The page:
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In Do Animals Have Culture?, the article defines that

Cultures are those group-typical behavior patterns shared by members of a community that rely on socially learned and transmitted information.

They also say that

Neither evidence of group-typical behavior patterns nor a demonstration that the species is capable of social learning is in itself strong evidence for culture.

I understand group-typical behavior patterns does not implies culture, as the article explained

The term “culture” does not apply to inherited genetic information or the knowledge and skills that individuals acquire on their own.

However, I don't get why not "capable of social learning is in itself strong evidence for culture". If we define that culture as shared behavior patterns that acquired by social learning. How is capable of social learning not implies capable of having culture?

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    $\begingroup$ I didn't read the source, but the quote provided says social learning is not evidence of culture, whereas you are asking if social learning is evidence of capability of culture? $\endgroup$
    – Arnon Weinberg
    Nov 10 at 19:23
  • $\begingroup$ I considered this, one can socially learned something but not make them to a behavior, I'm not sure if this is what they want to say here. $\endgroup$
    – Manx
    Nov 10 at 20:21
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It all really depends on your definition of "culture" (which is the main point of the entire article that you linked: that it is non-trivial to come to a concrete definition), but I think they're just saying that social learning is not itself culture by their definition.

An example might be social learning in rats: rats will observe other rats eating or smell their mouths to infer what they've eaten, and use that to guide their own behavior (Galef & Wigmore 1983). Normally, rats are very careful eaters when they encounter a new food source. Rats can't vomit and aren't able to purge what they've eaten, so they will taste a little to see how they feel afterwards. However, if they know other rats are eating a food, they can skip this step.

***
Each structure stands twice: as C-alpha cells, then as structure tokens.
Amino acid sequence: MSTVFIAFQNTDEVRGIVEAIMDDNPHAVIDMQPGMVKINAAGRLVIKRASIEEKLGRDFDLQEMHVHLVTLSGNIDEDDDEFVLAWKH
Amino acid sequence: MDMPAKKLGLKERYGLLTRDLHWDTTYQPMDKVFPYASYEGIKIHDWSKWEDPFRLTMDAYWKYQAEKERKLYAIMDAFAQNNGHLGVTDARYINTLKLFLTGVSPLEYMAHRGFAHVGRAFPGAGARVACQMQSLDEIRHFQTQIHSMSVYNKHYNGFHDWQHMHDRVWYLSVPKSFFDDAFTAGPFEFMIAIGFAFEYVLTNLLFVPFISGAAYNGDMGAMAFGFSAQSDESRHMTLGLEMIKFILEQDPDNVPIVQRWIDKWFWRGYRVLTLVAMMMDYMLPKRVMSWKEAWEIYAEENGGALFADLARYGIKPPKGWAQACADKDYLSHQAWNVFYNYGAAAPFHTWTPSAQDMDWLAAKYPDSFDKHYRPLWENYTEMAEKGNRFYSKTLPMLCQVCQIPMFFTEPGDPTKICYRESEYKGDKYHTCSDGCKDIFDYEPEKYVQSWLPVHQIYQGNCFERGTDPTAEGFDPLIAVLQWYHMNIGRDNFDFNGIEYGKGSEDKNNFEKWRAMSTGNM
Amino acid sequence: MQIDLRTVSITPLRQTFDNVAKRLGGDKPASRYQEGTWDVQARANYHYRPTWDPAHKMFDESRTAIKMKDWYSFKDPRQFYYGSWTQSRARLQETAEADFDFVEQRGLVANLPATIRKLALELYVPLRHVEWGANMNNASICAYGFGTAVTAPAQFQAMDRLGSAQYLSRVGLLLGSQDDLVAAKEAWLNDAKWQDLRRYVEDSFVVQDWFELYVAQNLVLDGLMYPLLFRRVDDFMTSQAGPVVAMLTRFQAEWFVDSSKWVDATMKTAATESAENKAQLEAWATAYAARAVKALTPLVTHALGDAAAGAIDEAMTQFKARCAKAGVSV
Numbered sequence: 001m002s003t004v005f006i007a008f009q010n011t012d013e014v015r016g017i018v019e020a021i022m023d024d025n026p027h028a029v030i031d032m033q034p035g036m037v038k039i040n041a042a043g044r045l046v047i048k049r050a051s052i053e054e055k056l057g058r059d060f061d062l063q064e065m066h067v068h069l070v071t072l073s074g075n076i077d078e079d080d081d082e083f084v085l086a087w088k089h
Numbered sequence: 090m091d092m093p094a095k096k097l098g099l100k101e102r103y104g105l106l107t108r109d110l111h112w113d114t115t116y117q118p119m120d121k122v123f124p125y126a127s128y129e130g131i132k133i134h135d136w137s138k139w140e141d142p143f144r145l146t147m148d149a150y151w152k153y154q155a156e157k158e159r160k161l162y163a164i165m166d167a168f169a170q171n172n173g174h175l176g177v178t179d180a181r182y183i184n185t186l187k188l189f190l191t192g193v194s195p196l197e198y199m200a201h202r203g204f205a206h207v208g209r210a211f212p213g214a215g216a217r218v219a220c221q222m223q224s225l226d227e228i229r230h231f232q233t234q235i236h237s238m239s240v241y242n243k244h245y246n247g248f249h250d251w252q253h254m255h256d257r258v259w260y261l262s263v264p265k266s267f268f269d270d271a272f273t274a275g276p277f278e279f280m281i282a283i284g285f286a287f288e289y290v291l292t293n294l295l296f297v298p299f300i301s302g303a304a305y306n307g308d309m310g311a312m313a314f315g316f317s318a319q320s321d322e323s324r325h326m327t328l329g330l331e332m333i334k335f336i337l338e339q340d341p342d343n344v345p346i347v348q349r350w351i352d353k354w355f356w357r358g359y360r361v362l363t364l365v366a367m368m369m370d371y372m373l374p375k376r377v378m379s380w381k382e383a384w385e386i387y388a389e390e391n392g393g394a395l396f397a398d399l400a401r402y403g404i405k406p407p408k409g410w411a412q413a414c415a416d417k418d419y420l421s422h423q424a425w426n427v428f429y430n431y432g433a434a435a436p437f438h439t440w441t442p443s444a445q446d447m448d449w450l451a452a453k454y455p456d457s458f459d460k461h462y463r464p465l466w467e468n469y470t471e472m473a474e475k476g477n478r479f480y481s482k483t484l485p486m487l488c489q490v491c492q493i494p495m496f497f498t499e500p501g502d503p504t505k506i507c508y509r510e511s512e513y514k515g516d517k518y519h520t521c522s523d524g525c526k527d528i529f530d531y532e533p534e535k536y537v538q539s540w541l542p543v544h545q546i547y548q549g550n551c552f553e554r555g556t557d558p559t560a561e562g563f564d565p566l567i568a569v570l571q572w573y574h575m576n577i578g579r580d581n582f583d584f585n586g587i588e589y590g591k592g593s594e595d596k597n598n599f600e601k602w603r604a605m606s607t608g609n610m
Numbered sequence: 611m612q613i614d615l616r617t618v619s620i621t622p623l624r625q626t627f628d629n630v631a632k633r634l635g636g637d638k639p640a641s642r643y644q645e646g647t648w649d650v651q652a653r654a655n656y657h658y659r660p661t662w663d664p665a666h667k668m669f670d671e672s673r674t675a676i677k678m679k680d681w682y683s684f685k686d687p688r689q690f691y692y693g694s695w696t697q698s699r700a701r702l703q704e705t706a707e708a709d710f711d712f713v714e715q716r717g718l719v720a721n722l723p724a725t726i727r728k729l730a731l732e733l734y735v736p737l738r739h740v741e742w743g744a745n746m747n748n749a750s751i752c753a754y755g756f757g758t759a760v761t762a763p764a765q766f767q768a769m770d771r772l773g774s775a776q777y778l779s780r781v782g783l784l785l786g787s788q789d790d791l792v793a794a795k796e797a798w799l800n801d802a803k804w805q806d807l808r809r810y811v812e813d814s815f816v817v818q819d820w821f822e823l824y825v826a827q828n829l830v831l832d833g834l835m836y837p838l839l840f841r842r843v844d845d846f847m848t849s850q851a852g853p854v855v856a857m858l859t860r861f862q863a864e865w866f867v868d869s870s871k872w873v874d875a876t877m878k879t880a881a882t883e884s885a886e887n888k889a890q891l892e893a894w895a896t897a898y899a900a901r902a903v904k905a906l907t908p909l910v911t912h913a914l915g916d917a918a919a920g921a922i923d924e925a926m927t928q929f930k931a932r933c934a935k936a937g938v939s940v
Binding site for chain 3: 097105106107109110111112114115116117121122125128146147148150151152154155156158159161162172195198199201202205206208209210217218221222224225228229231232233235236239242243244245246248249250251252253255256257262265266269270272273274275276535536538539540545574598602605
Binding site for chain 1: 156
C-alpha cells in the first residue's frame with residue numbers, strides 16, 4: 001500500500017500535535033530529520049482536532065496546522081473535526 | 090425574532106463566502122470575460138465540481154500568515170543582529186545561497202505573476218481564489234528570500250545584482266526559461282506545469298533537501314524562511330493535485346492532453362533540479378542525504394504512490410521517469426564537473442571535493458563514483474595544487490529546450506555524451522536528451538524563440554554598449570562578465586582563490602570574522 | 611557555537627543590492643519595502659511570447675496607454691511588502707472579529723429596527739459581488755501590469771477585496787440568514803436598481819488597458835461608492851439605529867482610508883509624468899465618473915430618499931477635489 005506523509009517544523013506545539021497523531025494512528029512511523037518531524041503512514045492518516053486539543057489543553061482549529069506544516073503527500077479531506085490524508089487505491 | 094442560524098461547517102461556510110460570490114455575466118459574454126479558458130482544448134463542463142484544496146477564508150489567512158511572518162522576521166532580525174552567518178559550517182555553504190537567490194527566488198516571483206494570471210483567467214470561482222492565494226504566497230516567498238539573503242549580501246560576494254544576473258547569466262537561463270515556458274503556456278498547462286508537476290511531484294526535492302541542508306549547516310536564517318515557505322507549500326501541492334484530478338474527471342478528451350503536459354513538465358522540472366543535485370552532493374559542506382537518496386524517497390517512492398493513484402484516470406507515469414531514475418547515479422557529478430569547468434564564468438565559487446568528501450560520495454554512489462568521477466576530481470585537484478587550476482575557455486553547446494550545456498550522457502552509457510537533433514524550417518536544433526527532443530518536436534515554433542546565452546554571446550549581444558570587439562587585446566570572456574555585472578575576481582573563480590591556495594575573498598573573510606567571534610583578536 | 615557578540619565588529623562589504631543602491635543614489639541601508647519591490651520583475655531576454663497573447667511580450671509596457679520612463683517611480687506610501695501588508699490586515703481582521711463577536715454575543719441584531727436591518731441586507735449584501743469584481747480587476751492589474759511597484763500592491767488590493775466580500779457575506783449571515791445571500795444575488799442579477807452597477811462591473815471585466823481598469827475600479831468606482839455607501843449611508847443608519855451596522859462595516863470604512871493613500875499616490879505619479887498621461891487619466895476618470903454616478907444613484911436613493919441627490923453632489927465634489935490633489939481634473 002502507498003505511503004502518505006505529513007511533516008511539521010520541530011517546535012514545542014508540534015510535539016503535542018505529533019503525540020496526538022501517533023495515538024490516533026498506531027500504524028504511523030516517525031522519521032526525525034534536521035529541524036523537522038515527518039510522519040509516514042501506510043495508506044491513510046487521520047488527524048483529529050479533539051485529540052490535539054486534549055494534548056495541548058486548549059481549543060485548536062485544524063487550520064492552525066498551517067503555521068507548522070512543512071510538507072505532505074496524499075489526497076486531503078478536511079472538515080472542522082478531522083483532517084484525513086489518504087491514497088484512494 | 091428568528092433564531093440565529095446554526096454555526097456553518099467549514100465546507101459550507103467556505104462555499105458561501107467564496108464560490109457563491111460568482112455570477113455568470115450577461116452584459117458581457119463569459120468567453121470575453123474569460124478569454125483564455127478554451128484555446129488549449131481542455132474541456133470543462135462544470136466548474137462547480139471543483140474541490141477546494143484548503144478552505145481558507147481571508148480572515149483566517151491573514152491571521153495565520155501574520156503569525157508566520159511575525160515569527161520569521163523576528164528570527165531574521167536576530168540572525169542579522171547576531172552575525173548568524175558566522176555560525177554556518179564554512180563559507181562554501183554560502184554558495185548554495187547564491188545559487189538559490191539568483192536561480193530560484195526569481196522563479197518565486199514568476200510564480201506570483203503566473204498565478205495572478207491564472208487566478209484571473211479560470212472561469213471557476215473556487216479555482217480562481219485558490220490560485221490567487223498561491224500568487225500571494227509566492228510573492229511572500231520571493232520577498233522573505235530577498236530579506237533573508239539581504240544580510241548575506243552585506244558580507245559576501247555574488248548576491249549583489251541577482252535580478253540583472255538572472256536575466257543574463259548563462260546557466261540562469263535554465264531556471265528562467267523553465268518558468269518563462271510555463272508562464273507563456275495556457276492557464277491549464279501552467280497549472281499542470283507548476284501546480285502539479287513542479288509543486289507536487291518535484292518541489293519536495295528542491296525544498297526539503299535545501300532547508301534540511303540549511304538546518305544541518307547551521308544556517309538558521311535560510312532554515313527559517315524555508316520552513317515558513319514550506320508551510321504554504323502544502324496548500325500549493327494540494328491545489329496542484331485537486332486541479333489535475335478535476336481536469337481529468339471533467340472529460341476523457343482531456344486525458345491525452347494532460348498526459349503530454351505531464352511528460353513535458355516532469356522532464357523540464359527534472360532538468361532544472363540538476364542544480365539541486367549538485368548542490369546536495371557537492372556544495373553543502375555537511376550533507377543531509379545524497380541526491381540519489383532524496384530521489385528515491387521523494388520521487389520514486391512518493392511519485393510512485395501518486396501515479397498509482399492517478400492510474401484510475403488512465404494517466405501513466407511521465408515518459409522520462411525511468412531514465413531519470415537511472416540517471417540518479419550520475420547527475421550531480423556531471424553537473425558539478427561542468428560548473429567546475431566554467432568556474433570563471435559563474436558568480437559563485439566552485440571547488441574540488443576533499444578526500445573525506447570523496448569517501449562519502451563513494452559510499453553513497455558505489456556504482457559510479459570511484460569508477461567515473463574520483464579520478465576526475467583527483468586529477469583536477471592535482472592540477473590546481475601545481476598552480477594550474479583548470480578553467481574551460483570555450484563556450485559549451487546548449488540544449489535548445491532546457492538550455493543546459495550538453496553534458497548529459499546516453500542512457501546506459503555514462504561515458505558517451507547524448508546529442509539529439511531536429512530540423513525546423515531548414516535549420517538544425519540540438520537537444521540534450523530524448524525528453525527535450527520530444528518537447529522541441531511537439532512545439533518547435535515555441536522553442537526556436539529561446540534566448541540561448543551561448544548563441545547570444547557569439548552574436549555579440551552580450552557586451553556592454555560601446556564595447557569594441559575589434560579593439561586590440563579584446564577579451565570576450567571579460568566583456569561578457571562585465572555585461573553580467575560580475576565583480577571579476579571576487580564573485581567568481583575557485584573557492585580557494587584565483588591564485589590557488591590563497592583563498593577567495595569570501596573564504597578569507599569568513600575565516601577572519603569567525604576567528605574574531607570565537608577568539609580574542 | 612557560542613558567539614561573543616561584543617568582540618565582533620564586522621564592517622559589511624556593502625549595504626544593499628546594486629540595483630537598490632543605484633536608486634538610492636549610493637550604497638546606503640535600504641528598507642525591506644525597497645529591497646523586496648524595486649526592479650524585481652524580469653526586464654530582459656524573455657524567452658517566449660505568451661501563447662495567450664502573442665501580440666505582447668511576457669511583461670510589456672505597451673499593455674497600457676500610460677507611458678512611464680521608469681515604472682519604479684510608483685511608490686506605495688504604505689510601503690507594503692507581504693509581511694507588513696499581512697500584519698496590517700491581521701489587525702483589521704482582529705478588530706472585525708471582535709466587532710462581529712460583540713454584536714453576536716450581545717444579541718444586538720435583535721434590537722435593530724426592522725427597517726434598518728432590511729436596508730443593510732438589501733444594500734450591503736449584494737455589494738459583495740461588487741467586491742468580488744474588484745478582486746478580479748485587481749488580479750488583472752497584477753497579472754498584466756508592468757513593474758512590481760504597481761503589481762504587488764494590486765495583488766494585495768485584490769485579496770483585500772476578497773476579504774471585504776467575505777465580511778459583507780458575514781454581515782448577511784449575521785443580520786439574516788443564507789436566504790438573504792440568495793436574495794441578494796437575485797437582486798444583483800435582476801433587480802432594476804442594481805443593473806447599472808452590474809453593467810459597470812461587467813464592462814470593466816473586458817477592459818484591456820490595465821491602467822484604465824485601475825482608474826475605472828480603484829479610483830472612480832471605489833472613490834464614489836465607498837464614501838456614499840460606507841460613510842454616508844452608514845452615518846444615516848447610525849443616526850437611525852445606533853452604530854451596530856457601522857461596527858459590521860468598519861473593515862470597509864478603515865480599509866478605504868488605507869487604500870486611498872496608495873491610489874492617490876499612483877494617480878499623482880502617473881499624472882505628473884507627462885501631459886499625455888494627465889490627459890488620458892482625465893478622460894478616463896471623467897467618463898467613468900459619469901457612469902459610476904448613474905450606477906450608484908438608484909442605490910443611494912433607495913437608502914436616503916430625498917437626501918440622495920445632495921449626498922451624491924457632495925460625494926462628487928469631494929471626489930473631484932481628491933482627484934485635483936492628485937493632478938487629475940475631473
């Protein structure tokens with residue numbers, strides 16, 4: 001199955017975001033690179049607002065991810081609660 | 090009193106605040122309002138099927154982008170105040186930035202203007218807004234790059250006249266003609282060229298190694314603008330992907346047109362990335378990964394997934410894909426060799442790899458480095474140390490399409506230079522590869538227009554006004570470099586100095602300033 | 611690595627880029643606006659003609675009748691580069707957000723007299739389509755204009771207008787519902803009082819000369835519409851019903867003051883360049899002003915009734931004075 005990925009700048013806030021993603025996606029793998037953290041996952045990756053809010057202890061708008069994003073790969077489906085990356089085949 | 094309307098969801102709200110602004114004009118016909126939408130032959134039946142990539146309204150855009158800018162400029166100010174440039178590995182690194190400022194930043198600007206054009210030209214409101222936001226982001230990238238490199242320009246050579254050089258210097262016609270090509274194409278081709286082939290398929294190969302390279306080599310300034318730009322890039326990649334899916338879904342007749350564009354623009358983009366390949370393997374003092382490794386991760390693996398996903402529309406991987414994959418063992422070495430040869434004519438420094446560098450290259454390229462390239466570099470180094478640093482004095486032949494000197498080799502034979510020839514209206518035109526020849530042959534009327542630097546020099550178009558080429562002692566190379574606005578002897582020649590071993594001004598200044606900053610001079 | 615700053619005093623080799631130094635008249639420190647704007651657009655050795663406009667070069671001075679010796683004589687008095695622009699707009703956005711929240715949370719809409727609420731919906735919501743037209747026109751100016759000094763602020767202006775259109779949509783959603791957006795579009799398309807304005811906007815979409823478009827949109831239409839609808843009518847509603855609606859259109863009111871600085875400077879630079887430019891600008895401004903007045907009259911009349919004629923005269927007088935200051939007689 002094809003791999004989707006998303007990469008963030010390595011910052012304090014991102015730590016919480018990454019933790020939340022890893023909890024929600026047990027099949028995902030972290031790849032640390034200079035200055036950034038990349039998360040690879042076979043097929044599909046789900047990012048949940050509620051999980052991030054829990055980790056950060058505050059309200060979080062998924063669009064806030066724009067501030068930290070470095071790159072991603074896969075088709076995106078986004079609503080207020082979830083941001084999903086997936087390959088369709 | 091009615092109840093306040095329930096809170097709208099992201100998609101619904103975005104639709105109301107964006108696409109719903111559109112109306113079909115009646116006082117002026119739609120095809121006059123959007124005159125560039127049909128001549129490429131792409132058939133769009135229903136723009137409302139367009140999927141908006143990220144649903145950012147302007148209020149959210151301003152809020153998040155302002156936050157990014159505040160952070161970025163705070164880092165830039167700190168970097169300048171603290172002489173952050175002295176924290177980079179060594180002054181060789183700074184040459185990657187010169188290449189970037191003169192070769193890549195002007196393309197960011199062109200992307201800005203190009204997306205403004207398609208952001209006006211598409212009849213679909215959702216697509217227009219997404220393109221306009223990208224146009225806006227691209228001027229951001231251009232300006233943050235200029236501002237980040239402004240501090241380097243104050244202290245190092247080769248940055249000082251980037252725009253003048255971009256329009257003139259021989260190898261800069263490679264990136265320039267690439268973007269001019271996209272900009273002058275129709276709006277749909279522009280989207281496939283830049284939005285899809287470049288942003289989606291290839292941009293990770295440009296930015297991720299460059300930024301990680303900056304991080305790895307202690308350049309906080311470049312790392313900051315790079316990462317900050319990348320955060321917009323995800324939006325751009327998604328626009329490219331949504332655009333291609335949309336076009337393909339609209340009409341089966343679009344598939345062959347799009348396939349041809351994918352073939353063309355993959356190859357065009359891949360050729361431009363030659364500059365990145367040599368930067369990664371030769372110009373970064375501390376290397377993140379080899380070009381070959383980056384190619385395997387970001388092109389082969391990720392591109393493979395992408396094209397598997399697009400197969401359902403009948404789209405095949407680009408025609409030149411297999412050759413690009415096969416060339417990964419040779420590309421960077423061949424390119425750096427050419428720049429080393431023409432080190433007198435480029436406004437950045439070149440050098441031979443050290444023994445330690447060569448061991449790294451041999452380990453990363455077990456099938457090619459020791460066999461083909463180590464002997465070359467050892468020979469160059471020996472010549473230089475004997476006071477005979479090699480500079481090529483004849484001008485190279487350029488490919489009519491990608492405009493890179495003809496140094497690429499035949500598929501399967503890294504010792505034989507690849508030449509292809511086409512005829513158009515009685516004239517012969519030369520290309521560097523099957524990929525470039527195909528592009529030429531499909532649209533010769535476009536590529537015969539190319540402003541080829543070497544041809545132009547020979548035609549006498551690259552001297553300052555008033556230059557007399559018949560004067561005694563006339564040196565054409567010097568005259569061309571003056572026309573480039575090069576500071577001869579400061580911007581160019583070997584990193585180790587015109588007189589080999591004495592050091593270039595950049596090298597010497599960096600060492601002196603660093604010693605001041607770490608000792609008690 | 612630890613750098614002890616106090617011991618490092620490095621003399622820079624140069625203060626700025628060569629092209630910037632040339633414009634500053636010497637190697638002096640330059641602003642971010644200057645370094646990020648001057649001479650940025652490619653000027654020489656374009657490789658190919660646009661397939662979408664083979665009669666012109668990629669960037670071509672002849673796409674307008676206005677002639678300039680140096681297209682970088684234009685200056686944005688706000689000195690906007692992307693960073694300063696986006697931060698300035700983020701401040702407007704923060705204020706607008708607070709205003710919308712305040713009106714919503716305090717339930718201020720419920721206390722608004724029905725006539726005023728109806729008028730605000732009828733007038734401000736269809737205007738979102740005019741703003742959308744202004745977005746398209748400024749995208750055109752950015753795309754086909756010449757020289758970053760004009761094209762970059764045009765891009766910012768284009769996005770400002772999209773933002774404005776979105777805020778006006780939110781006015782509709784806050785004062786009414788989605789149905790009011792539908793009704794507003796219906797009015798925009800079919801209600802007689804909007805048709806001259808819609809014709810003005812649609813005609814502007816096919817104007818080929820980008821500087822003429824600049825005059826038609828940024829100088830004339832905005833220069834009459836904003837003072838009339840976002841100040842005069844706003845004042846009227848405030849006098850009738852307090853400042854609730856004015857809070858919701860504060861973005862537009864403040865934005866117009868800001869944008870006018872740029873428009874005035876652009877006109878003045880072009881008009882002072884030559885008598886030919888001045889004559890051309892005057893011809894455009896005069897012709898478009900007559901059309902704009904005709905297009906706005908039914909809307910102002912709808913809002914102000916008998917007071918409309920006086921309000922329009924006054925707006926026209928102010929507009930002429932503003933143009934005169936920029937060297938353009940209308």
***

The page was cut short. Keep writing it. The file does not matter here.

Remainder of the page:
This behavior is definitely social learning, but is it culture? Doesn't seem like it to me, or to them. For one, this is not a "group-typical behavior pattern". It may result in some rats eating Cheetos more readily rather than tasting first, but this is a pretty temporary effect. They would have all eventually eaten the Cheetos even without the social learning aspect, it just would have taken them a bit longer. It also won't differentiate this group of rats from another: they do not become a Cheeto-eating rat clan, they're just a few rats who happen to be eating an available food. If you make Cheetos available to any other group of rats they will also be Cheeto-eating rats for as long as those are available.


Galef Jr, B. G., & Wigmore, S. W. (1983). Transfer of information concerning distant foods: a laboratory investigation of the ‘information-centre’hypothesis. Animal Behaviour, 31(3), 748-758.

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  • $\begingroup$ Indeed, in the rat eample, without such social learning every rats can also learn the thing individually. They designed a experient to make sure those social learned behabiors can't be learned asocially. I kind of get it now, thank you. $\endgroup$
    – Manx
    Nov 10 at 20:21
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Learning from the two behavioral approaches to social learning, classical (Pavlov) and operant conditioning (Skinner), are based on the accumulation of stimulus-response events. See (Lerner et al., 2018). The individual's role in influencing the learning is passive, animals with less cognitive capabilities can be conditioned. Thus, the capacity of behavioral learning does imply the capacity to make inferences (cognitive /individual component) about their shared community.

However, if you depart from the traditional behavioral definition of learning (such as cognitive approaches, etc.), these frameworks are designed to accommodate for the individuals role in contributing to the learning process. Moreover, learning is no longer the result of being a passive recipient to stimulus-response events. So in this case, learning is now also dependent on you (includes the role of the individual, like beliefs, previous experience, etc.), and is not solely dependent on the amount of times it was reinforced . The learner is more active, makes inferences and reflections about their role and relation to others, such as perception of culture.

Lerner, R. M., Lewin-Bizan, S., & Warren, A. E. A. (2011). Concepts and theories of human development. In M. H. Bornstein & M. E. Lamb (Eds.), Developmental science: An advanced textbook (pp. 3–49). Psychology Press. https://psycnet.apa.org/record/2010-22284-001

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